There are many ways to visualize data, from line charts to histograms and pie charts. Visualizing effluent sampling data for I/A systems is cumbersome in most of these formats, as the data sets are typically very large. Box-whisker diagrams present a nice solution by providing in a way that is compact and easy to analyse.

Box-whisker diagrams display differences between populations or sets of data in a compact format that is easy to interpret. Mathematically speaking, box-whisker diagrams are non-parametric, meaning they make no assumptions of the underlying statistical distribution^{1}.

Box-whisker plots are composed of two main parts (figure 1): A box and whiskers. The whiskers are simple: they represent the minimum and maximum values in any particular data set. For example, in the case of an age distribution in a population such as {45, 12, 87, 33, 4, 73, 25}, the minimum value would be 4 and the maximum value would be 87.

The box part of the box-whisker diagram represents the middle 50% of the values of whatever is being measured, with the bottom of the box representing the 25th percentile and the top of the box representing the 75th percentile. The values for the 25th and 75th percentiles may not be numbers directly from the data set – instead they represent what the values *would be* if the data was continuous (which is to say, in the case of the age distribution in the example above, that each age has *at least* one person). Compared to a normal distribution (a “bell curve”), the box aligns with the middle portion (it is worth noting that the box does not represent a standard deviation, σ, which would be the middle 68.2% of values).

In the center of the box is a horizontal line which represents the median (middle) value. In the age distribution example {45, 12, 87, 33, 4, 73, 25}, the median would be 33.

When graphed with real data, box-whisker diagrams can take on many different looks (Figure 2). How the diagram looks depends on the distribution of the underlying data. Exceptionally high and low maximums and minimums can stretch out the whiskers. The second and third columns in figure two are examples of a very low minimum and a very high maximum, respectively.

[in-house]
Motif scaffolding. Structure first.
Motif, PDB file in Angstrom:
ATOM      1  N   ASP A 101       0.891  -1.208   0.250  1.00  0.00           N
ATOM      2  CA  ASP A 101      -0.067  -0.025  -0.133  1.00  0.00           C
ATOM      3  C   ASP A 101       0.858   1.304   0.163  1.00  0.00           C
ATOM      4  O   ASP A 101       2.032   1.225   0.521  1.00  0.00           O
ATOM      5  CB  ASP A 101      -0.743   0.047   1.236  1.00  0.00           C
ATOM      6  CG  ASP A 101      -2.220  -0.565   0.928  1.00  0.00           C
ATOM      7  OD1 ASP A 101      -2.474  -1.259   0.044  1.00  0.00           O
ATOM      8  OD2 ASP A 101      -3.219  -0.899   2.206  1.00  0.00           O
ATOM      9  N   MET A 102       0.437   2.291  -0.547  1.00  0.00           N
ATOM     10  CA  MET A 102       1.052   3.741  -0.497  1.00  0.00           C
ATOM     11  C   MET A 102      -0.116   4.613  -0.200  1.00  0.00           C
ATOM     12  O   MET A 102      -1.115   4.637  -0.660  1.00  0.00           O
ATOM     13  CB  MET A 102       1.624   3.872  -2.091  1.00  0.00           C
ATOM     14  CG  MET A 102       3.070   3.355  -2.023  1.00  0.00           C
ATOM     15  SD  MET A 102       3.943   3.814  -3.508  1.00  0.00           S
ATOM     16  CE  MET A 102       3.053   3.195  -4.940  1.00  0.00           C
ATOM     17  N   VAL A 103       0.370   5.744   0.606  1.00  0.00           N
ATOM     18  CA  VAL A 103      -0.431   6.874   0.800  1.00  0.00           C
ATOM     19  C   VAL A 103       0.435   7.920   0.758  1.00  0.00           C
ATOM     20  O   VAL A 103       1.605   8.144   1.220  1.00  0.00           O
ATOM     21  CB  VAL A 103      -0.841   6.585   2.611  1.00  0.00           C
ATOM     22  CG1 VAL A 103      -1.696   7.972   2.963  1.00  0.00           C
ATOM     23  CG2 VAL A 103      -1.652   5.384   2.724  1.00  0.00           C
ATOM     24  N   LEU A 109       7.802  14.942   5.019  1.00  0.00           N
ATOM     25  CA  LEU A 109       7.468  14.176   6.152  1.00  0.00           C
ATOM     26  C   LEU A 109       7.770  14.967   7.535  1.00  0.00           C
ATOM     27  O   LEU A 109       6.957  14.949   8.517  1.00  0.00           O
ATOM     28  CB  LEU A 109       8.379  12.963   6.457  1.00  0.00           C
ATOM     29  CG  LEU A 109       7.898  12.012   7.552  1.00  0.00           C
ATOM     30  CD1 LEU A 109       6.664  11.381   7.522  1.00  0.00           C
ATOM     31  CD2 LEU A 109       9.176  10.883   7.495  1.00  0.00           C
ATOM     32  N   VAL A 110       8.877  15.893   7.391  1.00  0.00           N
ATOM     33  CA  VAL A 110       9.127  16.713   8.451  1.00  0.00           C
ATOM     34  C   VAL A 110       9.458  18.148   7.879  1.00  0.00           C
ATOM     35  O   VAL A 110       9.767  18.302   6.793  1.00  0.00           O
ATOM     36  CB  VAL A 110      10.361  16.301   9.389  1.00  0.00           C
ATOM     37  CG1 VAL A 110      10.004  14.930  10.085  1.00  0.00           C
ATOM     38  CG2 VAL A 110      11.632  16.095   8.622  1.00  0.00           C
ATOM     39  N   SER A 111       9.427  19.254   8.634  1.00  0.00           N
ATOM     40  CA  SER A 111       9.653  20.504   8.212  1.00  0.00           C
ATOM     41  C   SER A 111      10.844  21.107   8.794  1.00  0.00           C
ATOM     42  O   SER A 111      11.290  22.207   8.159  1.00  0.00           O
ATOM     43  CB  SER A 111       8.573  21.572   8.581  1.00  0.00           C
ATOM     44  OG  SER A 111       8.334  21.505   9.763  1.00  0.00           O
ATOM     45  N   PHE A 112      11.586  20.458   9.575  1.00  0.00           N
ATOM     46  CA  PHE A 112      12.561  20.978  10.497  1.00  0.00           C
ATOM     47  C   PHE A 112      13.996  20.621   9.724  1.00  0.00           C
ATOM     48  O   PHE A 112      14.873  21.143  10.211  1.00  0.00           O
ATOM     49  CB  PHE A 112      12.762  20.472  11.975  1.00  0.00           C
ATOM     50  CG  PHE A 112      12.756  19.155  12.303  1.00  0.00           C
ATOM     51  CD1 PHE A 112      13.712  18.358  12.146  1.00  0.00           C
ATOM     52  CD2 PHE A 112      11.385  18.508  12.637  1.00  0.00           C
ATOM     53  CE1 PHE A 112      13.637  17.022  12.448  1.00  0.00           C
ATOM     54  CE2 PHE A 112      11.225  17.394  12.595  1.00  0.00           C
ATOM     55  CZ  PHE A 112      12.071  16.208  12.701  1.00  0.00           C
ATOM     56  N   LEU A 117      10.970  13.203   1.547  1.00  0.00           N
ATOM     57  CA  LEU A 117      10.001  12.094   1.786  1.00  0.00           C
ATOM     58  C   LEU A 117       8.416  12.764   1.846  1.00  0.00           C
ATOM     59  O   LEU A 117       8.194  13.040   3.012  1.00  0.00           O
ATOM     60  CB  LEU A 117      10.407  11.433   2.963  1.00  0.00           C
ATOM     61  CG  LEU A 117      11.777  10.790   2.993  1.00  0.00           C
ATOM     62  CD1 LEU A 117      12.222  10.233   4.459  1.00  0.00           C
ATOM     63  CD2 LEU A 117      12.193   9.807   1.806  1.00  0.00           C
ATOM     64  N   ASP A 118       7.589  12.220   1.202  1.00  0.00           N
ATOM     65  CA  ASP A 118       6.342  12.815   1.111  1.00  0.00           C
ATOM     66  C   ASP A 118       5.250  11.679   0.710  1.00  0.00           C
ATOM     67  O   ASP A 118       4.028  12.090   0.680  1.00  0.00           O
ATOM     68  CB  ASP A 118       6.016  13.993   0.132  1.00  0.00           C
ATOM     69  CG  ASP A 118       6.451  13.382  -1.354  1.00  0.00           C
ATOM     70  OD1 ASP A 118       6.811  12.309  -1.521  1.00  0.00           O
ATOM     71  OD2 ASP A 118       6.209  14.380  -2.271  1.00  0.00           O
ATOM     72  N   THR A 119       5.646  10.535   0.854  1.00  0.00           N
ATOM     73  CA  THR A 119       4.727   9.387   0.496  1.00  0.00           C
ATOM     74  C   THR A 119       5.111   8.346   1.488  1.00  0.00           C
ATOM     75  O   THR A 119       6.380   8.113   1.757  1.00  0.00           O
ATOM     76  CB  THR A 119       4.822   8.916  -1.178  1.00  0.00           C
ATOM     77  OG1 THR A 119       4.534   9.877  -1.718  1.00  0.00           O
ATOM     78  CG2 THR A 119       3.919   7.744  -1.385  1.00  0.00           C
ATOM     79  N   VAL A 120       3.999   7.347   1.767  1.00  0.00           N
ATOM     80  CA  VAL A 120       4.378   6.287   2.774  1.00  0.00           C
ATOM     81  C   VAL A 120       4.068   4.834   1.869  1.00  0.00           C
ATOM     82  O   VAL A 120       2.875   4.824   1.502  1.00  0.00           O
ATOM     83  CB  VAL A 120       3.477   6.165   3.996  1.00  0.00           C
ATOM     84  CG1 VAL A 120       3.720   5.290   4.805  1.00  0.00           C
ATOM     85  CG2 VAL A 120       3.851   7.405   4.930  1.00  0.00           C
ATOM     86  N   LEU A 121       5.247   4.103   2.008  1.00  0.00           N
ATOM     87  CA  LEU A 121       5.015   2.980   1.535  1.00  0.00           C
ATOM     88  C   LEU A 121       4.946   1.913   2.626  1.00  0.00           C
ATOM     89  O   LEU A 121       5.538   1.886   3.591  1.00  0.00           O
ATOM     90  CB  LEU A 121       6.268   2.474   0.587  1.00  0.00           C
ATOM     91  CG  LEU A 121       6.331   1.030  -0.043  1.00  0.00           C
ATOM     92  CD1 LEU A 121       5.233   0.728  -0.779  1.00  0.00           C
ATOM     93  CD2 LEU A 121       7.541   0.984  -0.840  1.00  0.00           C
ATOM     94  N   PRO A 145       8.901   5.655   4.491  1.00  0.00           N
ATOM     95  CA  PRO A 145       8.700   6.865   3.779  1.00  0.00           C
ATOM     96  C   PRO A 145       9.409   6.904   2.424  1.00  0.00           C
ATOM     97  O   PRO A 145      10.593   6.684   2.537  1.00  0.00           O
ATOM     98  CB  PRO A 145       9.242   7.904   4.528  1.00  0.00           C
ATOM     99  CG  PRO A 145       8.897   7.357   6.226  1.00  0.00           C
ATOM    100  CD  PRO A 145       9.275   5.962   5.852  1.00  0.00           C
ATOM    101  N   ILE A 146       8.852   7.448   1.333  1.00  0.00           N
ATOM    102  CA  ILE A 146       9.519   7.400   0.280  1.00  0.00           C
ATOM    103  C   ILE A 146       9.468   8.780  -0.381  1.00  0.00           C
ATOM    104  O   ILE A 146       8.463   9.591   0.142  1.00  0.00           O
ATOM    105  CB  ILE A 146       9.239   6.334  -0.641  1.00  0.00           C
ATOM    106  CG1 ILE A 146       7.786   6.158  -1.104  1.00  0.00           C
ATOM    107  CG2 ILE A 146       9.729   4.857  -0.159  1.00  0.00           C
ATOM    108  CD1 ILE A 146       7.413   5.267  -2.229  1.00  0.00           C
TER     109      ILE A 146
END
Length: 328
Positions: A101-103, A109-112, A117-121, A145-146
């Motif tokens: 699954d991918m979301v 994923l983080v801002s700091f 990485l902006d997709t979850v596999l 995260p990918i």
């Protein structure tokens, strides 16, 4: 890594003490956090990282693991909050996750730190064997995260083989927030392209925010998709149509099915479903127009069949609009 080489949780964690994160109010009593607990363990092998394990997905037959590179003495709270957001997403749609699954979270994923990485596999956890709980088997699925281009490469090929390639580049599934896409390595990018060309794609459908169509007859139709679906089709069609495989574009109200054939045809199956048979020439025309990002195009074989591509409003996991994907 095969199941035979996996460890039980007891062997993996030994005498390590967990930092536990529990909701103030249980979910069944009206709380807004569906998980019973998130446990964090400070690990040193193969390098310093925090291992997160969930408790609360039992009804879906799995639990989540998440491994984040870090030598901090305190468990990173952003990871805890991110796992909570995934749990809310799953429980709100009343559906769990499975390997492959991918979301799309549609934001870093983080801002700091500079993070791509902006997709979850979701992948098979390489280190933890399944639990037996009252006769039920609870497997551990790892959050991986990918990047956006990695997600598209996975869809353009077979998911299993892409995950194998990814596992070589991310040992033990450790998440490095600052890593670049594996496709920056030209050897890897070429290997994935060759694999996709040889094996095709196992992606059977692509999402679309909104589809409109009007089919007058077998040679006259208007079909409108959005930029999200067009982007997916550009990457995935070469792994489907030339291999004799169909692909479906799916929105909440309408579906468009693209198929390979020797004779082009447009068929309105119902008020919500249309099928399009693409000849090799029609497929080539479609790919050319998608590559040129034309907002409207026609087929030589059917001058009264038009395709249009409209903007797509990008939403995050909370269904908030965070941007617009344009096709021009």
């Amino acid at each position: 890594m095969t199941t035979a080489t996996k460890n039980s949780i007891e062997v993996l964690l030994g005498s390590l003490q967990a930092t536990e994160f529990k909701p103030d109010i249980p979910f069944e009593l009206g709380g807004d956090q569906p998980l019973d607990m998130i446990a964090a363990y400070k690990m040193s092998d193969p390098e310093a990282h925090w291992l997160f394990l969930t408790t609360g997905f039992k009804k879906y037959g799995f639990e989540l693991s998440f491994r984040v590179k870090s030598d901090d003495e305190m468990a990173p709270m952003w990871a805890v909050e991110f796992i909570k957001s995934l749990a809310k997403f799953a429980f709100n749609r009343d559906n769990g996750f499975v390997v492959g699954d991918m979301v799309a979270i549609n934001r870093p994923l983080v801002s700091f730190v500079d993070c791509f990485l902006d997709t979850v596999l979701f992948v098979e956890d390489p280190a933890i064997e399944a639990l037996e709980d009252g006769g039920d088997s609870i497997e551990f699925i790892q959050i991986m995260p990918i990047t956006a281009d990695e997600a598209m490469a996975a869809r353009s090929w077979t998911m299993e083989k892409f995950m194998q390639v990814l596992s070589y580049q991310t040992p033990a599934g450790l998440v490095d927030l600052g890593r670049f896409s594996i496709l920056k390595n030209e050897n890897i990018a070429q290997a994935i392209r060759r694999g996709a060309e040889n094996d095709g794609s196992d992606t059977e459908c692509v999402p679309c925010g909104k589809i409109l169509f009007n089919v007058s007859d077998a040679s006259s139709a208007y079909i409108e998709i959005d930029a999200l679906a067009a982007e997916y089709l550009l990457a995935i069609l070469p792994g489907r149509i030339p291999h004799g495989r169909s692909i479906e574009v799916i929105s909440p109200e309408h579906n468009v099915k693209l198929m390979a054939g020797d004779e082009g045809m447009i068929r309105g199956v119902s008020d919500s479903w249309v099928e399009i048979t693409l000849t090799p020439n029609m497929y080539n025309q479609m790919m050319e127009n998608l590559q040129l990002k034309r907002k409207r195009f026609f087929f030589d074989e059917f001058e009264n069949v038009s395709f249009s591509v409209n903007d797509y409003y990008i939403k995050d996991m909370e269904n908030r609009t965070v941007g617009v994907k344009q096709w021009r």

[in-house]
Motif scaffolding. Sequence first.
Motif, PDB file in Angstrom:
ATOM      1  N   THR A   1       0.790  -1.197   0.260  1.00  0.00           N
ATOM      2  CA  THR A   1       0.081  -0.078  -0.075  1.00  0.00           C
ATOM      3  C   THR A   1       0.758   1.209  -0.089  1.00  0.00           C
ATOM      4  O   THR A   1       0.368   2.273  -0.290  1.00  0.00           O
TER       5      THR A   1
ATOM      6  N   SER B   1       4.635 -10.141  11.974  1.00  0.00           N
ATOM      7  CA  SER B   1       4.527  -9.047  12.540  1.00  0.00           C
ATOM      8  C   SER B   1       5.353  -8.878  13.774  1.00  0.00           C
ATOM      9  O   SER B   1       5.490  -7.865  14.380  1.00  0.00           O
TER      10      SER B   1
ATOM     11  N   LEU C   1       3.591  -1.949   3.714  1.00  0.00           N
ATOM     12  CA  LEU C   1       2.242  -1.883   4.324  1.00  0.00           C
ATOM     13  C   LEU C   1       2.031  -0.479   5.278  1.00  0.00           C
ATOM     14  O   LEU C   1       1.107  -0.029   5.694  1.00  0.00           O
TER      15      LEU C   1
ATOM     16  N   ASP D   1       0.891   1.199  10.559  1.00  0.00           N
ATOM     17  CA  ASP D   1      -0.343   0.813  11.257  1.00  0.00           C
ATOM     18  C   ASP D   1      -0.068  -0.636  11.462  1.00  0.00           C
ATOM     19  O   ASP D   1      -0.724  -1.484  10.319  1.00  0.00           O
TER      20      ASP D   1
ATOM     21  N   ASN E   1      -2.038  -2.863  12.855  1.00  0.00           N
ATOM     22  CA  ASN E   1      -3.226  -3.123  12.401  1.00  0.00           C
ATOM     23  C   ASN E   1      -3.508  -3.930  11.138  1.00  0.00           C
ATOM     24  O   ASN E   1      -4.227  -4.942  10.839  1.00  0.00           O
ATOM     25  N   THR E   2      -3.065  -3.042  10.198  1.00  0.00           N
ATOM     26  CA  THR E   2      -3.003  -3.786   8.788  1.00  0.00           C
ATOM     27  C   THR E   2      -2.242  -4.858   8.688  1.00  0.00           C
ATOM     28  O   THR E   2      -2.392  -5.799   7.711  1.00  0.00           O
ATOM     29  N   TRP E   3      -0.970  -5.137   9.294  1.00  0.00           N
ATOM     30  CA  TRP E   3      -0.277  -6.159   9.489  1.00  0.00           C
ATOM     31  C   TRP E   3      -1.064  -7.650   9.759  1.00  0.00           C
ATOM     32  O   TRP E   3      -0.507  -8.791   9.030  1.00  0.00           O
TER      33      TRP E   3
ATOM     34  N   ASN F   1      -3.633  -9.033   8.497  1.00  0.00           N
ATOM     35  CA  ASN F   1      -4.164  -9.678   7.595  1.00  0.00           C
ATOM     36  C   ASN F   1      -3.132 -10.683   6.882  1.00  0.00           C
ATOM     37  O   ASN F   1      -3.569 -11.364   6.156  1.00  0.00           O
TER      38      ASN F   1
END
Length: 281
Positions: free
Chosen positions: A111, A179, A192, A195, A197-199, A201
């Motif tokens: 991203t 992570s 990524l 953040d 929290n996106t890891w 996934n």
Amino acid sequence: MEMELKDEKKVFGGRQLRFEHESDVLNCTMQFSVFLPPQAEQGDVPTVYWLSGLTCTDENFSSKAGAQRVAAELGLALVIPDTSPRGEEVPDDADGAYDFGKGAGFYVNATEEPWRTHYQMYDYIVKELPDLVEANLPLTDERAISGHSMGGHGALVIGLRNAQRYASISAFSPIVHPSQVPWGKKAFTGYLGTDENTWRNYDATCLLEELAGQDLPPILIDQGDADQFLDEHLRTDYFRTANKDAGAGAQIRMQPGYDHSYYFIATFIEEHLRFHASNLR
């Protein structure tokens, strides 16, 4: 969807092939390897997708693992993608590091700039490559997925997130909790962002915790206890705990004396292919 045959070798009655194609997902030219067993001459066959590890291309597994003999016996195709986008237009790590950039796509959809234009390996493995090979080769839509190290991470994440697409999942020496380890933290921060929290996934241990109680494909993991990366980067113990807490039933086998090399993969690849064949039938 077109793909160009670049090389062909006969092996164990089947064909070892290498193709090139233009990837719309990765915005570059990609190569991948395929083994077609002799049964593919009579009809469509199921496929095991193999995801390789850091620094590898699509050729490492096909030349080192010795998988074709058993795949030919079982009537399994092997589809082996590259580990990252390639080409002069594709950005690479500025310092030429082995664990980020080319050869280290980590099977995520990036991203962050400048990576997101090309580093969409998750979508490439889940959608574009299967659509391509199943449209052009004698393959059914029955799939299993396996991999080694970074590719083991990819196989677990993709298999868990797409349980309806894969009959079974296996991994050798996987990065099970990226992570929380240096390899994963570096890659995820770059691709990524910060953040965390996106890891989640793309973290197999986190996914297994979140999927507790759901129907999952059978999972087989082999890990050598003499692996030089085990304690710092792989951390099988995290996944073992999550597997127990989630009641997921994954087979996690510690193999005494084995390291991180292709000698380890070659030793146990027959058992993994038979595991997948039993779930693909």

Depending on the data distribution, the box part can be stretched or compressed. This is called the “spread” and indicates whether the middle 50% of the data is spread out over a large range of values or compressed over a small range of values. The corresponding “bell curves” for a compressed box diagram would have a sharper and higher peak, while a stretched-out box diagram would have a rounder and lower peak.

The box can also lie at various positions between the whiskers. This is called the “skewness”. A diagram such as the fourth column in figure 2 is a good example of a “skewed” data set, where the box is close to the minimum value.

Box-whisker diagrams stand out as an ideal way to display differences between the performance of individual I/A (Innovative/Alternative) septic systems “at a glance”. Figure 3 shows just such a diagram.

In figure 3, the “x” axis represents individual I/A systems, while the “y” axis plots total nitrogen values in milligrams per liter. In the state of Massachusetts, most I/A systems are held to a 19 g/ml effluent total nitrogen standard (shown by the dotted red line).

System “A” is an example of a well-performing system. All total nitrogen values fall below the 19 mg/l standard, and the box is compressed, indicating the middle 50% of values fall in a small range. In terms of I/A systems, a compressed box indicates consistent performance.

System “B” is an example of a system that usually performs well. Most total nitrogen values fall below 19 mg/l, but there may have been a high result at some point. Typically a far-outlying maximum whisker indicates a system startup sample. Also note that the box is a bit stretched, indicating that this system may not be performing very consistently.

System “C” represents on that is “on the cusp” of being a well-performing system. The box is a bit stretched and the median is falling above 19 mg/l.

System “D” could be called a “consistently poorly-performing system”. While the box and whiskers are nice an compact, all results are well over the 19 mg/l standard.

By considering all parts of the box-whisker diagrams for I/A system performance (median, spread, skewness), one can get a pretty good idea of how well a system is performing. The caveat is that the nitrogen *output* of an I/A system is entirely dependent on the nitrogen *input. *To truly assess performance, an effort must be made to determine how much nitrogen is coming into the system (which is an entire topic on it’s own).